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dc.rights.license Author Retains All Rights en_NZ
dc.contributor.advisor Fraser, Simon Mangin, Lucy 2015-10-01T23:52:35Z 2022-11-03T03:20:49Z 2015-10-01T23:52:35Z 2022-11-03T03:20:49Z 2015 2015
dc.description.abstract Today more so than ever before, people are willing to invest in experiences involving food. The gastronomic landscape is constantly evolving however the evolution of utensils or cutlery has seemingly become stagnant. Both the design language and the manufacturing process have changed little in the past century despite gastronomic trends continuing to change. This research addresses this disconnect between meal and implement, where there is great variety in the techniques and technologies chefs use to create the meal, there is little effort and variation put into the design of the implements that deliver food from plate to mouth. Within this research, 3D-printing and parametric modelling seek to bridge this gap by addressing how the perception of taste can be enhanced by the visual language and form of the implements. The thesis will utilize existing research surrounding crossmodal correspondences and taste, pairing the basic tastes with functional elements of culinary implements. The research seeks to draw connections between these aspects by sectioning the contributing research into graphic, metaphoric and literature based layers within a conceptual framework. The framework uses this qualitative research in order to ground the design process and inform the design language presented through the iterative stage of this thesis. The framework is then revisited throughout the preliminary design chapter, with each development indicating how a designer or chef may interpret the information. Within this stage iterative sketching and 3d-printing act as a tool for research through design, informing the implementation of the framework through to the design of the culinary implements. Because there are several design elements that can enhance perceptions of taste, in order to define the scope of this research, this thesis is limited to the investigation of the forms of the culinary implements. 3D-printing acts as a means to quickly visualize physical prototypes whilst populating the framework and where possible the 3D-printing will guide the design process, creating forms not possible to manufacture any other way. By using 3D-printing and parametric modelling it is possible to create customizable culinary implements. When presented as a framework this may allow designers or experts in field (chefs) to identify a particular taste and function and then alter the implement to a certain degree to best suit their purpose. Essentially this research presents an opportunity for chefs or home entertainers to be able to design the culinary implements alongside a meal or menu, enhancing or inhibiting the tastes to their desired experience. At a larger scale this research presents how 3D-printing could be utilized by businesses to prototype or design for highly specific scenarios, only requiring small production runs. This research also presents how 3D-printing can inform a new design language, simply not possible through traditional manufacturing methods. The outputs of this thesis are intended to present a design language and several scenarios specific to 3D-printing, but also a way in which it can facilitate the application of existing research, such as that surrounding the perception of taste. en_NZ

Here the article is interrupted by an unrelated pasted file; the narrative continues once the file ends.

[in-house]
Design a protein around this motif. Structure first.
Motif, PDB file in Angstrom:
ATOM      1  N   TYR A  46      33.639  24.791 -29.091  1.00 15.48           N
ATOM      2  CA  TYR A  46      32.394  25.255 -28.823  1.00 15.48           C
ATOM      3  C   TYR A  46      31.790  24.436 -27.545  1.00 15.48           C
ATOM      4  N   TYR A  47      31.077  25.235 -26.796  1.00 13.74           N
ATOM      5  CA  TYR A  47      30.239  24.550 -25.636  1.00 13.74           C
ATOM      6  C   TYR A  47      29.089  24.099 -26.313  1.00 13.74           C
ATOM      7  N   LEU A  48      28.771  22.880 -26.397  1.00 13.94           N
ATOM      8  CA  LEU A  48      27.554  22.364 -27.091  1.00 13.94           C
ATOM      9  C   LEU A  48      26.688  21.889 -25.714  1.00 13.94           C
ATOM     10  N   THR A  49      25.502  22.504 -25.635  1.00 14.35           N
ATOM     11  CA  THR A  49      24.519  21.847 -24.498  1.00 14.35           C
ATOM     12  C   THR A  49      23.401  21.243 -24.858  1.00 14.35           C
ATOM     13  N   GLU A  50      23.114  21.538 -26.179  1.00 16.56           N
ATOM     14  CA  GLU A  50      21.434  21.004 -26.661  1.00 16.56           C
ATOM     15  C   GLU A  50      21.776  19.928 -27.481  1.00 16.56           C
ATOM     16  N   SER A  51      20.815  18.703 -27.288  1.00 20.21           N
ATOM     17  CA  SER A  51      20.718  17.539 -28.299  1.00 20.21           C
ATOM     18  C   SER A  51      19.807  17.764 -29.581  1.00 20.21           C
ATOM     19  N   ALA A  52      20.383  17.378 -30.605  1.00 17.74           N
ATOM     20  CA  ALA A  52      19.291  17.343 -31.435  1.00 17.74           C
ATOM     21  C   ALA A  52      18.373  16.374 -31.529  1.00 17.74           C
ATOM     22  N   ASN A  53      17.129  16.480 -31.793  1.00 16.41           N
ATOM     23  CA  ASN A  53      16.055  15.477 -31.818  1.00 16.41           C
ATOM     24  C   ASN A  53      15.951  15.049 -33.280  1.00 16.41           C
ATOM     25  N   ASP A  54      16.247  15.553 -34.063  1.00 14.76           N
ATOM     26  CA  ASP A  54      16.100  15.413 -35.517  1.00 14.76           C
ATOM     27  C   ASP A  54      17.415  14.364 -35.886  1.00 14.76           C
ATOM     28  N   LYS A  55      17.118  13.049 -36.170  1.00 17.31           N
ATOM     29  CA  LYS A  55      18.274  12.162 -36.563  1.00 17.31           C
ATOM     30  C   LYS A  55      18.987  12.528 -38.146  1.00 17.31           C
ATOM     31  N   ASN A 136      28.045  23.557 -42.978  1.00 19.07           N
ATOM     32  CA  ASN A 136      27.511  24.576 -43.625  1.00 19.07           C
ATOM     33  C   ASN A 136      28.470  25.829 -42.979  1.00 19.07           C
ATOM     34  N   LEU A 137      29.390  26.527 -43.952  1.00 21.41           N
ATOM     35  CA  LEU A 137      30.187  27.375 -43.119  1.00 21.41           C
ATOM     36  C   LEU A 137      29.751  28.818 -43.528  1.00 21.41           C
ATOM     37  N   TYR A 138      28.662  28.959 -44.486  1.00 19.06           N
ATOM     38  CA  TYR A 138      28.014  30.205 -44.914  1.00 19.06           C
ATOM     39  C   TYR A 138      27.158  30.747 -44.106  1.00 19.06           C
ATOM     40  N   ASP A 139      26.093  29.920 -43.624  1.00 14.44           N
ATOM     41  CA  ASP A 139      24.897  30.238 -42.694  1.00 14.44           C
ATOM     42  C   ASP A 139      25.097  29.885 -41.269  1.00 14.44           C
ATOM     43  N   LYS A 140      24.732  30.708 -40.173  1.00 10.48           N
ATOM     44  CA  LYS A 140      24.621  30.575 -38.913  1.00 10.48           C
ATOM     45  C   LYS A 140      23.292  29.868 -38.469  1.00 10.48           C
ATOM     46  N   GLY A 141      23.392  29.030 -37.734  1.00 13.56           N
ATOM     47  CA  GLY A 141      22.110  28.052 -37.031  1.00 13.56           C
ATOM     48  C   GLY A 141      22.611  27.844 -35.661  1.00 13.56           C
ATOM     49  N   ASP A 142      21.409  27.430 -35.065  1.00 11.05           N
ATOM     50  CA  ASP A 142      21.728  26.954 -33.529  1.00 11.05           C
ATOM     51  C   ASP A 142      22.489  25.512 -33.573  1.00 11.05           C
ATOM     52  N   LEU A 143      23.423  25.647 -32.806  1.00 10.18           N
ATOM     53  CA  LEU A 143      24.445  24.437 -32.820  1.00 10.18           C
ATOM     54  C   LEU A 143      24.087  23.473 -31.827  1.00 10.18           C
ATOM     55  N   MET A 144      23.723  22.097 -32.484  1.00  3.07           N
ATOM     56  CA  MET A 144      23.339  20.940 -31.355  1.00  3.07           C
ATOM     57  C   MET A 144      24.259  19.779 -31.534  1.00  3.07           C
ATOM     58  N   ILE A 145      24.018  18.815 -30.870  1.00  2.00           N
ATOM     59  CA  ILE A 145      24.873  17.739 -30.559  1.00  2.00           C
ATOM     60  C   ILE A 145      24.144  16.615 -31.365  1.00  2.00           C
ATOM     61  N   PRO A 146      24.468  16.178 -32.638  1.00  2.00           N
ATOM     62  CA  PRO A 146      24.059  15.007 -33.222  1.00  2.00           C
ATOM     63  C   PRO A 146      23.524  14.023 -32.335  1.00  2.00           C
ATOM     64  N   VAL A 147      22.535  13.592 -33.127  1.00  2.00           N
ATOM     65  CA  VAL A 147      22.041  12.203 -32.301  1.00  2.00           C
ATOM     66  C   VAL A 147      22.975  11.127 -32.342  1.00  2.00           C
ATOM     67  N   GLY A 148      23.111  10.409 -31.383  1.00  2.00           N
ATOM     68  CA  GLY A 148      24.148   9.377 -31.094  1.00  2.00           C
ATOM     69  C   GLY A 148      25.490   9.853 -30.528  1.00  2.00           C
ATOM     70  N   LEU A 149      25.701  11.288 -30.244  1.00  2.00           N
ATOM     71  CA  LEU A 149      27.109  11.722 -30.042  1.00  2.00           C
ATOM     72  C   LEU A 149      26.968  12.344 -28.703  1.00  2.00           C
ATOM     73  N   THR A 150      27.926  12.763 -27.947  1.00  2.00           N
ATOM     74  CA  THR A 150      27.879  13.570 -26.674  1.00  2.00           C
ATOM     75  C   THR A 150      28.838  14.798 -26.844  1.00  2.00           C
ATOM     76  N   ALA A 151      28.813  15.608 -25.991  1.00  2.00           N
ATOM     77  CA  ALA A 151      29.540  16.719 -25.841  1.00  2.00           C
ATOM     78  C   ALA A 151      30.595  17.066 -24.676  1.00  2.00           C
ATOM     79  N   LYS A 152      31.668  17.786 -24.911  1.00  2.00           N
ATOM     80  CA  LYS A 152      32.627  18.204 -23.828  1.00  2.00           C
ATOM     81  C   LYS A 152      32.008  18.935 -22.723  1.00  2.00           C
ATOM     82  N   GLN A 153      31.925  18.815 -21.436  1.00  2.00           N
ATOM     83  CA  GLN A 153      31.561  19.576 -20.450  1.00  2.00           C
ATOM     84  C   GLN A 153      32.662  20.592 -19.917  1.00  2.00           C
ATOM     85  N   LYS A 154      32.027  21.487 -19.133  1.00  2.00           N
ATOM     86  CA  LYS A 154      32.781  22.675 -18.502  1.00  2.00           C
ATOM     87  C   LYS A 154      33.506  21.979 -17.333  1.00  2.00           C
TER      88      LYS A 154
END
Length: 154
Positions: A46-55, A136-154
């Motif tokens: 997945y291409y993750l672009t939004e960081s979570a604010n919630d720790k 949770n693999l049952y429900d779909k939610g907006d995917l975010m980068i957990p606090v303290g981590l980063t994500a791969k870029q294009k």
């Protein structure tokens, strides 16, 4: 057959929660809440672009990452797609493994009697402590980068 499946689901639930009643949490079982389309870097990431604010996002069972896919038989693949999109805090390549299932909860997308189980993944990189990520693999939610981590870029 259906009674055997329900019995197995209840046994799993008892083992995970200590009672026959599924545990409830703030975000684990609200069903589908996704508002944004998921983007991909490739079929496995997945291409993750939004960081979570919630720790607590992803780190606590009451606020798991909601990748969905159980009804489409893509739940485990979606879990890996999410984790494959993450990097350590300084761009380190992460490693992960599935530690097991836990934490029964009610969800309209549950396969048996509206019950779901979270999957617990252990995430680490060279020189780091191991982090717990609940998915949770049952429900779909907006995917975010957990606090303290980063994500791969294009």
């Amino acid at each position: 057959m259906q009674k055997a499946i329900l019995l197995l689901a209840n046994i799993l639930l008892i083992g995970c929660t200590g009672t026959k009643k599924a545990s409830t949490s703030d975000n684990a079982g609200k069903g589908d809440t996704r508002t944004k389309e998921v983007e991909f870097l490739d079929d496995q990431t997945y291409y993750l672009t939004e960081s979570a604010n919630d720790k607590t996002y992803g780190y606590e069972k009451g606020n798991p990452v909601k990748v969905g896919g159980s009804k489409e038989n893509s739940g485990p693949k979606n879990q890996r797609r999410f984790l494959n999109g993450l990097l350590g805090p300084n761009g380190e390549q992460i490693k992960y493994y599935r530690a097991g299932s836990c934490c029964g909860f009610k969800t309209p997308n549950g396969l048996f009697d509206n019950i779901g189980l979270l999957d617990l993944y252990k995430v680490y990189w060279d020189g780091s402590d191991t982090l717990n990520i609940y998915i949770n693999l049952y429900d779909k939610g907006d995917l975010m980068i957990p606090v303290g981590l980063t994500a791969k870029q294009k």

dc.format pdf en_NZ
dc.language en_NZ
dc.language.iso en_NZ
dc.publisher Te Herenga Waka—Victoria University of Wellington en_NZ
dc.rights Access is restricted to staff and students only. For information please contact the Library. en_NZ
dc.subject Design en_NZ
dc.subject 3D-Printing en_NZ
dc.subject Food en_NZ
dc.subject Cutlery en_NZ
dc.subject Parametric design en_NZ
dc.title Shaping Taste en_NZ
dc.type Text en_NZ 2015-10-01T04:07:54Z
vuwschema.contributor.unit School of Design en_NZ
vuwschema.subject.anzsrcfor 120302 Design Innovation en_NZ
vuwschema.subject.anzsrcfor 170112 Sensory Processes, Perception and Performance en_NZ
vuwschema.subject.anzsrctoa 3 APPLIED RESEARCH en_NZ
vuwschema.type.vuw Awarded Research Masters Thesis en_NZ Industrial Design en_NZ Te Herenga Waka—Victoria University of Wellington en_NZ Masters en_NZ Master of Design Innovation en_NZ

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